Former England opener Nick Compton has launched yet another scathing attack towards India skipper Virat Kohli. While the whole world is all praise for Kohli for his gesture towards Steve Smith, Compton slammed the India skipper for the same. Compton was not at all impressed with the way Kohli bossed the crowd at the Oval.
During the high-voltage clash between India and Australia on Sunday, Smith was facing the heat from the Indian fans because of the ball-tampering scandal. The fans were booing and jeering him when he was fielding near the boundary ropes. But before things could become nastier, Kohli intervened and asked the fans to not cheer for the despondent Australian instead of booing him.
Smith was quick to acknowledge the gesture as he shook hands with the India star and patted on his back. The cricketing world also followed suit soon and lavished praise on Kohli for the beautiful sportsmanship. From fans, former cricketers to present ones, almost everyone associated with the game made sure to give Kohli. However, Compton, for some reasons known only to him, decided to react otherwise.
Compton took to Twitter to express his reservation over Kohli’s gesture, saying that the India batsman did not have any right to tell the fans what to do. Posting a video on the social media platform where was seen talking about the game, Compton wrote:
“I don’t think Virat Kohli had any right to tell fans to stop booing at Warner and Smith but rather clap them.. found it rather condescending if truth be told!”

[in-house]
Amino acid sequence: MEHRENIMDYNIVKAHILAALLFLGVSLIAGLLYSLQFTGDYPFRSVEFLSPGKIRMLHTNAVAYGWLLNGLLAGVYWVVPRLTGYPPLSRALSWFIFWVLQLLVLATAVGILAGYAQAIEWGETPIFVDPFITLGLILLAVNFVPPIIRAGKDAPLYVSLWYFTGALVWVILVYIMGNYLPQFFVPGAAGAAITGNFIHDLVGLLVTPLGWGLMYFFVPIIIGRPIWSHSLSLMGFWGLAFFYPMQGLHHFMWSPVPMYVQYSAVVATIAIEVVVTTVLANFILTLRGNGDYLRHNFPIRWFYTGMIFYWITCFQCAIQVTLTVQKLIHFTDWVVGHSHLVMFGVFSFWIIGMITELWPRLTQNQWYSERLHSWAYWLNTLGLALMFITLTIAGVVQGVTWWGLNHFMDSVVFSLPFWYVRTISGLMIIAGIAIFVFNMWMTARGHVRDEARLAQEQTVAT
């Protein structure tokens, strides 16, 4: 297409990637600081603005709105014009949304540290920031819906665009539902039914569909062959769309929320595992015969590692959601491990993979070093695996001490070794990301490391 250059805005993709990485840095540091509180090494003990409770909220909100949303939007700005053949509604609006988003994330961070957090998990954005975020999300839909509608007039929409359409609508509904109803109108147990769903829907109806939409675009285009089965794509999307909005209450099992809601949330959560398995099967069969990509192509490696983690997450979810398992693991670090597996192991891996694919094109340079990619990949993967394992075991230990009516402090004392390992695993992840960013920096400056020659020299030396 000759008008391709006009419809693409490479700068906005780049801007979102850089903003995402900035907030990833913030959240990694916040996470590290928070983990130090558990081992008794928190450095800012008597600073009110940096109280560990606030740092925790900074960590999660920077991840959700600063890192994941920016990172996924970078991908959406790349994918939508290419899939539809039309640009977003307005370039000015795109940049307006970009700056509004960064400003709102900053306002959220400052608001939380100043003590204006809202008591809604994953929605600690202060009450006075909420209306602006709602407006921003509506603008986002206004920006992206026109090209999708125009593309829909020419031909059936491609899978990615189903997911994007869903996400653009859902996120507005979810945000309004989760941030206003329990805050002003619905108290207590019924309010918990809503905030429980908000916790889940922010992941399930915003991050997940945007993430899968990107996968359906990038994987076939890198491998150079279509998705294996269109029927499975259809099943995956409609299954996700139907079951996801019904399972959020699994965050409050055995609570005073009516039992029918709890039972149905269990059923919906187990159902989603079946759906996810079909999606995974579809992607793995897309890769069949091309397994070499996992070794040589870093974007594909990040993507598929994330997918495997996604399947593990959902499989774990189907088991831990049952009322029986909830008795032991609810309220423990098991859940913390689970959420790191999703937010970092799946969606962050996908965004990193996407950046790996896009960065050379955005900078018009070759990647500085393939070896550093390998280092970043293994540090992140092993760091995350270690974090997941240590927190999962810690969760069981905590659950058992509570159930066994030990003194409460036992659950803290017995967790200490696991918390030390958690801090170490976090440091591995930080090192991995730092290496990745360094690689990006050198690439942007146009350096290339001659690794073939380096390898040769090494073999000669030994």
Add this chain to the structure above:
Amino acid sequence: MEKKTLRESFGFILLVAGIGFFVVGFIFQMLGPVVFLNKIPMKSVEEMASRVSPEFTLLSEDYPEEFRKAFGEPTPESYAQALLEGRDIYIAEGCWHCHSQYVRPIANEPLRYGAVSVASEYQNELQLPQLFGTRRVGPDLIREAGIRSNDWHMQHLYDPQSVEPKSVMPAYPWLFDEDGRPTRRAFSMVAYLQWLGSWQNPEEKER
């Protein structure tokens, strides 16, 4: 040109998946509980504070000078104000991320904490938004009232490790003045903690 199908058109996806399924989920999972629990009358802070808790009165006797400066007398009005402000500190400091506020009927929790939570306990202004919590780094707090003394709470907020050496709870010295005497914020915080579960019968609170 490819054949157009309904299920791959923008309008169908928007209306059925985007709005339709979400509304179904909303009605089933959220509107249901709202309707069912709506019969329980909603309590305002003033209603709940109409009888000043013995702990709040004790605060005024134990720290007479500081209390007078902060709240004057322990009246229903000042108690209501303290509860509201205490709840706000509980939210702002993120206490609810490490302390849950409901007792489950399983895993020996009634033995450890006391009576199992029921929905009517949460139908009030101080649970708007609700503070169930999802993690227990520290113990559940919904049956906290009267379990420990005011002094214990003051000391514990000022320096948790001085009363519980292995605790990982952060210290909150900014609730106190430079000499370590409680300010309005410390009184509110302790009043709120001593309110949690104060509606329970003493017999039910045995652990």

I don’t think Virat Kohli had any right to tell fans to stop booing at Warner and Smith but rather clap them.. found it rather condescending if truth be told! @cricketworldcup #CricketWorldCup2019 pic.twitter.com/yUnxdki9Wk
— Nick Compton (@thecompdog) June 10, 2019
Kohli’s take on the matter
Following the 36-run win over Australia, Kohli had opened up about the incident and why he asked the fans to stop booing Smith. The batting superstar said he didn’t want the Indian fans to set a bad example by booing Smith.
“There are so many Indian fans here, I just didn’t want them to set a bad example, to be honest. He didn’t do anything to be booed, in my opinion. He’s just playing cricket. I mean he’s just standing there and I felt bad because if I was in a position where something had happened with me and I’d apologised and accepted it and I came back and still I get booed, I wouldn’t like it either.
“So I just felt for him and told him ‘sorry for… on behalf of the crowd’. We’ve seen that happen in a few earlier games as well. In my opinion that’s not acceptable,” he added.